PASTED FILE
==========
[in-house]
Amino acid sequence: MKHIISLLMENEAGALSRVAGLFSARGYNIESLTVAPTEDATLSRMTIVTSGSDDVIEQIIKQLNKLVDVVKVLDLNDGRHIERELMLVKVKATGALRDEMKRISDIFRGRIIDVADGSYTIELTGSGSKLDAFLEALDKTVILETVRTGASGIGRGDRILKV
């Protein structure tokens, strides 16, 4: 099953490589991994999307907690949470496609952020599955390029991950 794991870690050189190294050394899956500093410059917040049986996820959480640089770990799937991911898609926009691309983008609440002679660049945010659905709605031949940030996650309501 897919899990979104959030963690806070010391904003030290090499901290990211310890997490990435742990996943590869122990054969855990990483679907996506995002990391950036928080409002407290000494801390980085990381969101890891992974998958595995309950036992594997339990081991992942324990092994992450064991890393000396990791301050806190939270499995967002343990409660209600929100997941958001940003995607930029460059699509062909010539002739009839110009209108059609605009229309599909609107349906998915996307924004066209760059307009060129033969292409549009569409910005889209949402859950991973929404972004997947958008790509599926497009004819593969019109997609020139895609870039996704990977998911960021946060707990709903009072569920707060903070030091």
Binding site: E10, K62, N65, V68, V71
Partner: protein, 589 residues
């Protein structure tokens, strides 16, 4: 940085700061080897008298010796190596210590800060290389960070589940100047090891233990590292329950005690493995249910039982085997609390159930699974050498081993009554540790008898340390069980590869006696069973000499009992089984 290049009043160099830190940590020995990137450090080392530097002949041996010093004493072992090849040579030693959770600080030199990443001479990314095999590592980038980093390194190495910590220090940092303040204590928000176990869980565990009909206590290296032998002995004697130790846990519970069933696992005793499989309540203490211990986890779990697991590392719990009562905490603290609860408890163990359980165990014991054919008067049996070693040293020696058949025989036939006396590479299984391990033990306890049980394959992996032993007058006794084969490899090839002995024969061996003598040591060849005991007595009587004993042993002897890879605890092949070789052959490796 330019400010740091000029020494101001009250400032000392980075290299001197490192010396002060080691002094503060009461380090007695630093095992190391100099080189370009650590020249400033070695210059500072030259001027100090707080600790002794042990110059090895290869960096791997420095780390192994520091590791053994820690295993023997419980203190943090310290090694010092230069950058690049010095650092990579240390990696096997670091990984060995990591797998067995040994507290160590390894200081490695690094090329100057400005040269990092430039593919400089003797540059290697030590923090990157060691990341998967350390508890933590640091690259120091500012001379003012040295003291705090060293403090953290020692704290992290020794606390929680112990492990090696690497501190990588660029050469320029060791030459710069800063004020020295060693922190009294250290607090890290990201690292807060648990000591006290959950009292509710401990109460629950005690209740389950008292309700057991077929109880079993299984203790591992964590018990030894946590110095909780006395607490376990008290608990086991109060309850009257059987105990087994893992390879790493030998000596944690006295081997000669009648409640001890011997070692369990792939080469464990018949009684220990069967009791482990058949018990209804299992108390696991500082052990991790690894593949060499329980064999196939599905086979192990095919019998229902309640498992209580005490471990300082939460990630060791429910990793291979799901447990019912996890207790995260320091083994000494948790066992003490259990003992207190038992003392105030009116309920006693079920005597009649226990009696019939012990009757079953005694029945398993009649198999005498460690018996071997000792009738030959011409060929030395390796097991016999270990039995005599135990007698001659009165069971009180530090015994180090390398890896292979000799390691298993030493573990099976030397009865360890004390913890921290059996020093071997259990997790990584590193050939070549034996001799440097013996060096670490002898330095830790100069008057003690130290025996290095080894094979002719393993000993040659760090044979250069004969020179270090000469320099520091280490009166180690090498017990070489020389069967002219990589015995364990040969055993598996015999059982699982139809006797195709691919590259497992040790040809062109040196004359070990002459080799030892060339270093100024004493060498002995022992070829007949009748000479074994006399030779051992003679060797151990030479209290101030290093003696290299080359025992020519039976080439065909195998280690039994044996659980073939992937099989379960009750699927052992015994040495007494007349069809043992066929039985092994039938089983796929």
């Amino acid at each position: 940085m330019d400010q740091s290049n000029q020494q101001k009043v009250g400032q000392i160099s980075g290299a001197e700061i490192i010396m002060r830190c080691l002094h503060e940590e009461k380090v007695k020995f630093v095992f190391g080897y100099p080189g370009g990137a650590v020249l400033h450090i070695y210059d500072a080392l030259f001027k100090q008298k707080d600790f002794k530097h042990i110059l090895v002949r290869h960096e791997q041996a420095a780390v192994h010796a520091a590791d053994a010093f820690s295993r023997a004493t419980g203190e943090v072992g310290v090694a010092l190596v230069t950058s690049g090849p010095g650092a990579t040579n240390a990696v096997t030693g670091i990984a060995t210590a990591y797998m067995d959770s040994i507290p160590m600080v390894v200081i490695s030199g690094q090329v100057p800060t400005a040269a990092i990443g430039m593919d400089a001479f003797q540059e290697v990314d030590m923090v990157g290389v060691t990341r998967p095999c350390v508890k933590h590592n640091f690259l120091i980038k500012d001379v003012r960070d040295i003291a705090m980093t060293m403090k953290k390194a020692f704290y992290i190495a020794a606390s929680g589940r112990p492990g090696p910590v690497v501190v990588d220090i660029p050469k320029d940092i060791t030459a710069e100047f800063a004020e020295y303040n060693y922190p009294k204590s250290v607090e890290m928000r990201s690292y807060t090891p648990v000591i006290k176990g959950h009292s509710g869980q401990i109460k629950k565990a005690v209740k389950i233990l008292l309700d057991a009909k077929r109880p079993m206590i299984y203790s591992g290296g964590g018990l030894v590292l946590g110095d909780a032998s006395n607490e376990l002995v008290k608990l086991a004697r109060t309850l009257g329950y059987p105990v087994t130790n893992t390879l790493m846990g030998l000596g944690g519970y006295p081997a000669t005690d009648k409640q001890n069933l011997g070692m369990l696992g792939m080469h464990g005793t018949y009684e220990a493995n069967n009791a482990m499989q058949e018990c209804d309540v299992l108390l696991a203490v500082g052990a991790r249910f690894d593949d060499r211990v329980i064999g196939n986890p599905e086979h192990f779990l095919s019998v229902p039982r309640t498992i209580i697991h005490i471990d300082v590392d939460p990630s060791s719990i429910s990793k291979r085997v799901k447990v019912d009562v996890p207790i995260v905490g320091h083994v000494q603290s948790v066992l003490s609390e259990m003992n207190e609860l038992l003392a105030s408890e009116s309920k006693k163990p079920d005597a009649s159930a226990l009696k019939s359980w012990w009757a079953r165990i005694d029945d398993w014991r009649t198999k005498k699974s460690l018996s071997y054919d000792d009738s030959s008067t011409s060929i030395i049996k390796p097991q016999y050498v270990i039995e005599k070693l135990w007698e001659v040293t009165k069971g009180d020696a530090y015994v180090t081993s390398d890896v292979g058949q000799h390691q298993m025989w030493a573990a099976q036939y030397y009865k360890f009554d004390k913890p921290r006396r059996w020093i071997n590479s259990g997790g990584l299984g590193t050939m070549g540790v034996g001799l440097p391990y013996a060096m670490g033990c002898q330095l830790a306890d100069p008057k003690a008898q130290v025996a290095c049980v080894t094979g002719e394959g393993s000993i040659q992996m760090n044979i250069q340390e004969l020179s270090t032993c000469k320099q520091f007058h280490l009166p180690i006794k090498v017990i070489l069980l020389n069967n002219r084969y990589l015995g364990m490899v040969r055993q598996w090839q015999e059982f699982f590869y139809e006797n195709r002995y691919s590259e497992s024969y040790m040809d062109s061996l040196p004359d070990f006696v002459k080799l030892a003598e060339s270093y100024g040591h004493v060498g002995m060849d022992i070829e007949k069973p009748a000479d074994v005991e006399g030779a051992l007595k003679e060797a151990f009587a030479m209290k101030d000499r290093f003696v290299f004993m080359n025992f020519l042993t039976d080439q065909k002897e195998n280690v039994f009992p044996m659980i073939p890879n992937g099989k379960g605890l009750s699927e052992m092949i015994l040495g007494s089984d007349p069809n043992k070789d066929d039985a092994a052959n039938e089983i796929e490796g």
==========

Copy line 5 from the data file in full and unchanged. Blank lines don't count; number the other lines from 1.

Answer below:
Partner: protein, 589 residues